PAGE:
(Luke 15:11-32) The two sons were different in many ways and yet they made so many of the same mistakes. Neither son understood the heart of his father, and both were rebellious. The younger son was a non-conformist, impulsive, and risk-taker. The older son was traditional, calculated, and cautious. But here are three areas where both sons misunderstood their father.
Both of the sons had a bad attitude toward money. The younger son looked at money selfishly seeing it as a way of buying his personal happiness. The older son was afraid he would lose what he had. The younger son wasted it! “Give me the portion of good that falls to me.” “Not many days after the younger son gathered all together, journeyed to a far country, and there wasted his possessions.”
The older son hoarded it. The father “divided to them his livelihood,” and yet the older son complained, “You never gave me a young goat.” This wasn’t true. The father had divided everything he owned between his two sons.
Neither of the boys saw money as a way of investing in eternal rewards. The father saw money as a tool to bless others. He unselfishly used his money to minister to his family. The question we must ask ourselves is how do we view money? Does money serve us or are we serving money?
The younger son saw his father as serving him and refused to submit to his father’s authority. We don’t find him seeking his father’s counsel, but rather demanding what he believed was rightfully his. “The younger son gathered all together, journeyed to a far country.”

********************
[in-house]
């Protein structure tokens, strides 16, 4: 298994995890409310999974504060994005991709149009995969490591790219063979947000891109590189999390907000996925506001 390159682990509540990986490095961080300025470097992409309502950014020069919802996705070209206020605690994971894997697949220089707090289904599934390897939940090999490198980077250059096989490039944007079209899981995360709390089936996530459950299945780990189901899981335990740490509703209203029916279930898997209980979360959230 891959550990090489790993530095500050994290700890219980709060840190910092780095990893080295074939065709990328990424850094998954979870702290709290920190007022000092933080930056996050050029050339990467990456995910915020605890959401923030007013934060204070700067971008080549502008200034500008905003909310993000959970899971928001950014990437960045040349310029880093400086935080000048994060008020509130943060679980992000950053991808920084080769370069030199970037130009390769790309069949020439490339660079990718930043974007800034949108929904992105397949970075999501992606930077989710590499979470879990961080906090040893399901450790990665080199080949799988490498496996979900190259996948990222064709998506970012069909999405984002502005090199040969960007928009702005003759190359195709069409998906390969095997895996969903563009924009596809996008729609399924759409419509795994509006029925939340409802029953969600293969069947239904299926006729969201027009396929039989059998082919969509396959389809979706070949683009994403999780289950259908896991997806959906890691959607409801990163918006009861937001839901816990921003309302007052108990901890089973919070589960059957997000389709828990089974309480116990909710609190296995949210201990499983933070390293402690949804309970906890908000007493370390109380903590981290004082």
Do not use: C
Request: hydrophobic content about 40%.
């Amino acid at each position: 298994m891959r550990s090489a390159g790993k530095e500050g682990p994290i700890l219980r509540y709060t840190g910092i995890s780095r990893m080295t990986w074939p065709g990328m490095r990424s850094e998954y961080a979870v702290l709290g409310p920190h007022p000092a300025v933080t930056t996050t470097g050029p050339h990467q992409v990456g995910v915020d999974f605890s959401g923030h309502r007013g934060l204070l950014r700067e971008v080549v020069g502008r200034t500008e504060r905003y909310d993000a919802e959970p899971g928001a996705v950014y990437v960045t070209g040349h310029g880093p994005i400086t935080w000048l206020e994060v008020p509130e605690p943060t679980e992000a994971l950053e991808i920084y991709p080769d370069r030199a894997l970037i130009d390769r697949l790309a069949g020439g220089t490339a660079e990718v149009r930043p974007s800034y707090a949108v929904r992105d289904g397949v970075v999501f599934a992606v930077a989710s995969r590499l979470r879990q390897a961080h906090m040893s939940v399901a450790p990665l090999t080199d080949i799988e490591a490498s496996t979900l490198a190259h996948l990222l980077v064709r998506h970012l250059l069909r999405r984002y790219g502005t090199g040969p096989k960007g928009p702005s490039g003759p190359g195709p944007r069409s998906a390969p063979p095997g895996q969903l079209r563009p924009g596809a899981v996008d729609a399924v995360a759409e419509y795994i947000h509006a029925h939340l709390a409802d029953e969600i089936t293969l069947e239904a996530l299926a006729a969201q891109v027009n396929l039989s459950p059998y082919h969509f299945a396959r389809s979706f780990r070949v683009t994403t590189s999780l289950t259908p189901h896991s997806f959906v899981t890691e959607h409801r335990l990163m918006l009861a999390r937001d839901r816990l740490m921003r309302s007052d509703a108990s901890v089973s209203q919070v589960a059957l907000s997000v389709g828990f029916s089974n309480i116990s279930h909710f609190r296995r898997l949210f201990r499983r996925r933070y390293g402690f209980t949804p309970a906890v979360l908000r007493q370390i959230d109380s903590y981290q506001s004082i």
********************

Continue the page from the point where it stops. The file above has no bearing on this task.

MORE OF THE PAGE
The older son looked submissive working in the fields, but inwardly he resented his father. His rebellion was revealed when his younger brother returned home and received his father’s blessing. “He was angry and would not go” into the house. “Therefore his father came out and pleaded with him.” The older son stubbornly replied, “I never transgressed your commandment at any time.” He was transgressing his father’s will when he said those words. What he actually meant was, “I never did what my brother did, therefore I am better than him.” “As soon as son of yours came, who has devoured your livelihood with harlots, you killed the fatted calf for him.” Neither son loved his brother. The older son refused to even call him his brother saying, “This son of yours.”
There is nothing in this story to indicate if either of the boys married. The younger son was too busy partying to develop serious relationships, and the older son was too busy working in the field to get married. Both of the boys were making a serious mistake because without family there is no future.
Both of these sons had faulty belief systems. They both viewed their father as a source of resources rather than a faithful loving relationship. The younger son loved the inheritance money, and the older son loved the farm. Neither of them loved their father.
Both sons believed their father owed them something. The younger son thought because his father had plenty that he was entitled to it. Give me what you have. He imprudently demanded his inheritance before his father’s death. He sounded much like a prosperity preacher demanding God’s blessings. The prosperity preacher only talks about grace and faith; forgetting that God is also holy and just. God is a wonderful heavenly Father but He owes us nothing. He has already blessed us more than we deserve.
The older son believed his father owed him something because he had kept the rules. He believed he had earned his inheritance and was angry because his father had given the fatted calf to his less deserving brother. He sounded much like a legalistic preacher who believes his good works earn him favor with God. The legalist forgets that God is a God of mercy and grace. He becomes angry when God blesses someone he thinks is unworthy forgetting that none of us is worthy of the least of God’s blessings.
Reviews for Connecting Generations Lesson 1 – The Two Prodigals